British Colonial Rule Expressed Through Symbolism in the Post Office

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British Colonial Rule Expressed Through Symbolism in The Post Office

In the later nineteenth century, the value of India as the second center of the British Empire became more than ever an axiom of British thinking. This was partly because company rule was replaced by the direct control of the London government. It mainly reflected on the rising contribution that India made to the world-system. While Brittan had lost many of its colonies, it still held onto India. British rule in India had always been an awkward compromise between principle and practice. Many Indians wanted to emancipate themselves from British rule and regain their sovereignty. However, many Indians benefited from British rule and were content with the status quo. The British had founded their rule on the promise of social and economic improvement based on what the annual reports of the Indian government were to call “moral and material progress” (Darwin, pg. 180). India’s contribution to British world power was not left to chance or self-interest; it was shaped by British rule. The British Colonialism in India influenced controversial political views of which Tagore’s play, The Post Office, succeeds in expressing through symbolism within the characters in three ways; Indians who follow and are content with British rule, transitional Indians, and Indians who rebel. Tagore was an Indian under British colonial rule. Throughout the play Tagore's symbols help explain the state of India during the British Empire.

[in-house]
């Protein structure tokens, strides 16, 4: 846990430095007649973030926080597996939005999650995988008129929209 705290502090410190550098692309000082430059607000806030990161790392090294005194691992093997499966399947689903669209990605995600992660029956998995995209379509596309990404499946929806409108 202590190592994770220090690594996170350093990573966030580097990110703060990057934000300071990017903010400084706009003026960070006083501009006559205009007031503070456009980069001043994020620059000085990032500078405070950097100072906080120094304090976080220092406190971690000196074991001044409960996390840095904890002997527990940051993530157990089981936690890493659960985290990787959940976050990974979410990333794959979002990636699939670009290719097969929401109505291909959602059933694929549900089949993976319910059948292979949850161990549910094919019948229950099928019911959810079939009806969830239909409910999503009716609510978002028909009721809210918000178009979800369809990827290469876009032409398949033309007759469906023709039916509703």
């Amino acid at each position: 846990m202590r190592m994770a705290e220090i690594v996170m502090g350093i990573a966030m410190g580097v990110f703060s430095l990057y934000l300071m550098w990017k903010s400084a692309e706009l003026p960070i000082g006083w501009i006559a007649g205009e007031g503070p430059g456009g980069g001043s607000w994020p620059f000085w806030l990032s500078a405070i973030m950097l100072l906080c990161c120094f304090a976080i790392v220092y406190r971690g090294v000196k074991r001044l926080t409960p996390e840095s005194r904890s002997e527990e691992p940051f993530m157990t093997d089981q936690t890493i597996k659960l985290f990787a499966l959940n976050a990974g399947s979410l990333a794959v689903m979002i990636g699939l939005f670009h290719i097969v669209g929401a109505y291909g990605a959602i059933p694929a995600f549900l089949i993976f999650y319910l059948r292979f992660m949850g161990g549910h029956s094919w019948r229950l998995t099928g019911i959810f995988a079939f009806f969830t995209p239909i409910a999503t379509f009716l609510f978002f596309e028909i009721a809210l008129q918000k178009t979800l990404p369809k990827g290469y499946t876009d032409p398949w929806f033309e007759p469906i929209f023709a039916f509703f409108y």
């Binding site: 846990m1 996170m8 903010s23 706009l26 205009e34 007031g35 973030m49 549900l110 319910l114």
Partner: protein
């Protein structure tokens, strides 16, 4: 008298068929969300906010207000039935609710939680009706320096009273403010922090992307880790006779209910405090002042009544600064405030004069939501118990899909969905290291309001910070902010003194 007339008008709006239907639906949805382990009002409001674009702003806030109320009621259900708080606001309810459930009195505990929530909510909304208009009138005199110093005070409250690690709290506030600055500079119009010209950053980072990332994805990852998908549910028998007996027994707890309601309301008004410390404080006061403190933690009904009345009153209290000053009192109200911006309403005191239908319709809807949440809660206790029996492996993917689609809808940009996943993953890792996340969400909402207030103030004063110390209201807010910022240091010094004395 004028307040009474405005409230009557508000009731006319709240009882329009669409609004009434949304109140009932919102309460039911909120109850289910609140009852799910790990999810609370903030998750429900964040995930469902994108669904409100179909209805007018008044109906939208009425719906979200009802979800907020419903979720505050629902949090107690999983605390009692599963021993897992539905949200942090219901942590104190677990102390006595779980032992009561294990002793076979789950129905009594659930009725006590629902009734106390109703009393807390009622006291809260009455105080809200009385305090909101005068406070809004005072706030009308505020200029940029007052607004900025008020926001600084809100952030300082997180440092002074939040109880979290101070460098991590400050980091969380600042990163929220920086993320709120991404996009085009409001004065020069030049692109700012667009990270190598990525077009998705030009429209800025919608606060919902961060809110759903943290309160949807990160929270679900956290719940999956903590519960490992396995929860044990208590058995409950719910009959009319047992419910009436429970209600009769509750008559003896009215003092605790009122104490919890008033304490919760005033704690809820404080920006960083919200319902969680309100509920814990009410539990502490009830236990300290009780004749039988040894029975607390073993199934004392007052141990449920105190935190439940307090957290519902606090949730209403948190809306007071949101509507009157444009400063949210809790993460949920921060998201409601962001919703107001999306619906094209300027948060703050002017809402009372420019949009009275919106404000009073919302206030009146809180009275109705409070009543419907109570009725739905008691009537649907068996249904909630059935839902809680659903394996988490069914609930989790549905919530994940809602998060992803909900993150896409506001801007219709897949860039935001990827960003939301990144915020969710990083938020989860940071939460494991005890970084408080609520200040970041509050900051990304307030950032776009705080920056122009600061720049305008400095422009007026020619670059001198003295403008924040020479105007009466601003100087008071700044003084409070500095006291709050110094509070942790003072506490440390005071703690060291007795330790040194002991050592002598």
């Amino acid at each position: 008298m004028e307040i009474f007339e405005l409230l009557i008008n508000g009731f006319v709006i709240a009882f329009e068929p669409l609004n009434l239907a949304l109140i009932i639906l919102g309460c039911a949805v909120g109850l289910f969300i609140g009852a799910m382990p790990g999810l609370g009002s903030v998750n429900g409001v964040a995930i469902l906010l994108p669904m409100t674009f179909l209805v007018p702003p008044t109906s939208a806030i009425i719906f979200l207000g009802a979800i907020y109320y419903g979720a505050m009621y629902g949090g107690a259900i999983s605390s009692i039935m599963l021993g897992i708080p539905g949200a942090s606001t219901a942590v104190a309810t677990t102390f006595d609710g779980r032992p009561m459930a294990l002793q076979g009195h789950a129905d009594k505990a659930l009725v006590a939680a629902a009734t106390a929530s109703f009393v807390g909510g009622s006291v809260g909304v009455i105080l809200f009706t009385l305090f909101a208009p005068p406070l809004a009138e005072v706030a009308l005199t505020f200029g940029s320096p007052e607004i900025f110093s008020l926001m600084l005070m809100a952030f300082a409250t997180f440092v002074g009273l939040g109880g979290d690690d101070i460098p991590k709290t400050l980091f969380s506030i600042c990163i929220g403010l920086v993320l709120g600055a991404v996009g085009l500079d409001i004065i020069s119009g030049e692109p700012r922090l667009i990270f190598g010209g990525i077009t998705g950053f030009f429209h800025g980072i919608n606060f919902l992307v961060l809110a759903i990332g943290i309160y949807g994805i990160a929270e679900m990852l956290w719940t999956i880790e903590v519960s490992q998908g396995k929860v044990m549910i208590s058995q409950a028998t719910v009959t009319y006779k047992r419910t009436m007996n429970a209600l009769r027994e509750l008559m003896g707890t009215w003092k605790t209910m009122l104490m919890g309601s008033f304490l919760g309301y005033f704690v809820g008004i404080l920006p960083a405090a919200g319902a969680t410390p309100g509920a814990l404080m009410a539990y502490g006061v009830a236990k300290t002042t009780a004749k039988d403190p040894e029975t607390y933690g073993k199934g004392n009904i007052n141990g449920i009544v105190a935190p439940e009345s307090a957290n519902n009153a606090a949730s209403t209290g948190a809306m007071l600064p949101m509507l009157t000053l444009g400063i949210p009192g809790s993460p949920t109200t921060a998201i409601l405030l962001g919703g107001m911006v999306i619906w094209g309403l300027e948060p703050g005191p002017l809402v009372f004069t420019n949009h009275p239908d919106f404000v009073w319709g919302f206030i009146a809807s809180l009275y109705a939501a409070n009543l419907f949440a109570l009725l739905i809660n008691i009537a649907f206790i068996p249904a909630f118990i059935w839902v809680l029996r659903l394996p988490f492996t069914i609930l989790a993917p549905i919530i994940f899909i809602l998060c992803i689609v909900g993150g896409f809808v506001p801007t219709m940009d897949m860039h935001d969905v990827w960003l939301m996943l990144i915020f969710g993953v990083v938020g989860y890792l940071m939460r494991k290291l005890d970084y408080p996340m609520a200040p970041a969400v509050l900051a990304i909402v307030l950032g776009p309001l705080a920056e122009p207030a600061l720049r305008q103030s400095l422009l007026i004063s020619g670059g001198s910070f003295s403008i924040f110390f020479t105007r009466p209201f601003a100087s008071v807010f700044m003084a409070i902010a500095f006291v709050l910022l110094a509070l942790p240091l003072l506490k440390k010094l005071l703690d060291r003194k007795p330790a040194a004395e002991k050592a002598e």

The Post Office introduces us to the Doctor. He is the man who diagnoses Amal and who will not let him leave the house because he is sick. The doctor symbolizes the British Empire or British rule. All the characters throughout the play respect him; some characters encourage Amal to listen to his decisions. Characters that encourage Amal to listen to the physician would be the Indians content with British rule. Indians who were content with the British Empire were easily influenced by...
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